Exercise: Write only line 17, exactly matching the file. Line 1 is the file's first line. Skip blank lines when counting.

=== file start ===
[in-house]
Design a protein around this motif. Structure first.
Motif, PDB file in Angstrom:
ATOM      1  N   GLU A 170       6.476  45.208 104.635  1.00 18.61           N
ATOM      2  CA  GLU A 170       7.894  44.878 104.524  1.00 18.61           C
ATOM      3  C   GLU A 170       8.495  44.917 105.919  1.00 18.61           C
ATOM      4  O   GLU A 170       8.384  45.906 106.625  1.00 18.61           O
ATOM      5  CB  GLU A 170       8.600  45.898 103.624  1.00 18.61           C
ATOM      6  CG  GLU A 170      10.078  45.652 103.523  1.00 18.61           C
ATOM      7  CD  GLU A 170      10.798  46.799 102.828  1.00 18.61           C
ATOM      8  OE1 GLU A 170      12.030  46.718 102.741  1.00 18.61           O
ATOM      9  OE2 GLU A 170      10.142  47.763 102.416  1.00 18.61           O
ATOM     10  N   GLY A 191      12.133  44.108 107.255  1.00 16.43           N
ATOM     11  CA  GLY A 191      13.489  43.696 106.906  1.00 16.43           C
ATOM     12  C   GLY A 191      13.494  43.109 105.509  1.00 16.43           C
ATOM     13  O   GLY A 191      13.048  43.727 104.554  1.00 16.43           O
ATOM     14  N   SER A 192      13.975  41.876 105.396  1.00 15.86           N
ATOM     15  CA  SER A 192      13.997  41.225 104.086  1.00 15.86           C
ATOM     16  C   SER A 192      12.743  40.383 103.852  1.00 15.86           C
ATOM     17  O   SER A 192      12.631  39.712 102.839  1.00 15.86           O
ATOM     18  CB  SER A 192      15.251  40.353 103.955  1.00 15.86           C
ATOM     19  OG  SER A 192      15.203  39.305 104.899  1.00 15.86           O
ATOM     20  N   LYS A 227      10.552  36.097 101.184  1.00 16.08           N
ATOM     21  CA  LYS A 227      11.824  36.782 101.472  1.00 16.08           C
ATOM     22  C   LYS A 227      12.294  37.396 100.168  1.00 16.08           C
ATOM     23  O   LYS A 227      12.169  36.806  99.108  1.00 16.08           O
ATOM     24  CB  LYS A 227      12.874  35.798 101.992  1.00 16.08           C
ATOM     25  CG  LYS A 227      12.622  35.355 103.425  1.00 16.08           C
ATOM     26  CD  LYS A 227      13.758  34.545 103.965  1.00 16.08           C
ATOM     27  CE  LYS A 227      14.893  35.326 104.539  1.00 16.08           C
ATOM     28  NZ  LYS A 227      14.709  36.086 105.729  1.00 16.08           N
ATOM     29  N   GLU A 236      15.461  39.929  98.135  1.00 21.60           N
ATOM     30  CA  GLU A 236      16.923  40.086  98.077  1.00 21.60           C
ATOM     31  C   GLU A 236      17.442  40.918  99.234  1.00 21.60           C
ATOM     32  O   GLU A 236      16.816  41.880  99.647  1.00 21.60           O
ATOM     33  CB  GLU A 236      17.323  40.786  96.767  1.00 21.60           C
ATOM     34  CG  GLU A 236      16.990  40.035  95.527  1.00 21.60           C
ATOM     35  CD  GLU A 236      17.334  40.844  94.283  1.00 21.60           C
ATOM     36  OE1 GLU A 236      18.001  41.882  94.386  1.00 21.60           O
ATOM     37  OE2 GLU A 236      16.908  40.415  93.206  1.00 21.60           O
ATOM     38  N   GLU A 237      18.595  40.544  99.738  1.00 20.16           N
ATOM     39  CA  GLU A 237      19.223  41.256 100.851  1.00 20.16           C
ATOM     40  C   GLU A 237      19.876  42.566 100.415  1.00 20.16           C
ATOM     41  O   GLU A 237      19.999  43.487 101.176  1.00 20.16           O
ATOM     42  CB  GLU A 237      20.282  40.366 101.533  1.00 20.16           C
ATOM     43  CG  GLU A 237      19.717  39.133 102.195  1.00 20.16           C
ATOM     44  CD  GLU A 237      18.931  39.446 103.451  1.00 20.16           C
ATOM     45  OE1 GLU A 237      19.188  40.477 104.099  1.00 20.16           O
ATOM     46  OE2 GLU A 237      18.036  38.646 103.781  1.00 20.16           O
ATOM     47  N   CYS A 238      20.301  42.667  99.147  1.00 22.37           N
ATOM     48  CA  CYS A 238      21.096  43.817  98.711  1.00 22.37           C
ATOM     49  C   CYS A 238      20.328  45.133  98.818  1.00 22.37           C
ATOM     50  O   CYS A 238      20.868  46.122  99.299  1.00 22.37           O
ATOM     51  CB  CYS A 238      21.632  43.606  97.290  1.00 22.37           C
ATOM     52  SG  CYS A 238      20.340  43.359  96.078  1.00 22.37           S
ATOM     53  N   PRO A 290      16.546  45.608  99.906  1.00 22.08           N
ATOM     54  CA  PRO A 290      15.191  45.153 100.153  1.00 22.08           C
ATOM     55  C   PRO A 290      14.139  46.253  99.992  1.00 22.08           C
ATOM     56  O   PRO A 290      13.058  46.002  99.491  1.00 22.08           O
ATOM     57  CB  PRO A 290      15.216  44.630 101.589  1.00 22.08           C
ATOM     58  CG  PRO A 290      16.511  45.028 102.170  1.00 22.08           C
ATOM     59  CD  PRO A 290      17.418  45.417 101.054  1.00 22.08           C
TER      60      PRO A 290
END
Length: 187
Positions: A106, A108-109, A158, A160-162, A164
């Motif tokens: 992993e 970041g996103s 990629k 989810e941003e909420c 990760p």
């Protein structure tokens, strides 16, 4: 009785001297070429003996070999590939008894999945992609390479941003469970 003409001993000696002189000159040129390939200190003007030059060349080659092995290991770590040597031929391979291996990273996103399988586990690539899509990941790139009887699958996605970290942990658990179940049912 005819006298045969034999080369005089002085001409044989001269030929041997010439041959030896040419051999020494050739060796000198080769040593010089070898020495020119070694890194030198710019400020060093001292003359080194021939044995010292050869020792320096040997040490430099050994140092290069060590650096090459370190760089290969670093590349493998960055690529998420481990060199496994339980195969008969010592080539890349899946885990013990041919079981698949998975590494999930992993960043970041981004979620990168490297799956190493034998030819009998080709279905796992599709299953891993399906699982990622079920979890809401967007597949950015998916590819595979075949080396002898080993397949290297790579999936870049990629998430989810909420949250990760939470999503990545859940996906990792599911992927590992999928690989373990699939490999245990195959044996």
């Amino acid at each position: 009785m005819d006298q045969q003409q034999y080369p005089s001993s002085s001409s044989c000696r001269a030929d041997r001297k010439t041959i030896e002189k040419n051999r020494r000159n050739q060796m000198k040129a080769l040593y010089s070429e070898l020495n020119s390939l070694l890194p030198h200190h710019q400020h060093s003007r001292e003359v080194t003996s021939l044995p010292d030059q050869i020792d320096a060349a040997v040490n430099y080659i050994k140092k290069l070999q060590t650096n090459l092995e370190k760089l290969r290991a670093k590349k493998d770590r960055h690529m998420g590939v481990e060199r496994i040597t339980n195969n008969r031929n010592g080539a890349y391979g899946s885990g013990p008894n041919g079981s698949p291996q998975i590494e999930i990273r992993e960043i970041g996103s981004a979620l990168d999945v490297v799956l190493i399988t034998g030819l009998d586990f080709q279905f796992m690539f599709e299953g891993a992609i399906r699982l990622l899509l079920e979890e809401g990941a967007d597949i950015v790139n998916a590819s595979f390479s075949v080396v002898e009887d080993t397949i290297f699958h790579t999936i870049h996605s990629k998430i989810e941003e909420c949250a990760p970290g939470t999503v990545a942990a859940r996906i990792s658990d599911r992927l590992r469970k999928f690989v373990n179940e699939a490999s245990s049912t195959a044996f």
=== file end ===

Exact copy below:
ATOM     14  N   SER A 192      13.975  41.876 105.396  1.00 15.86           N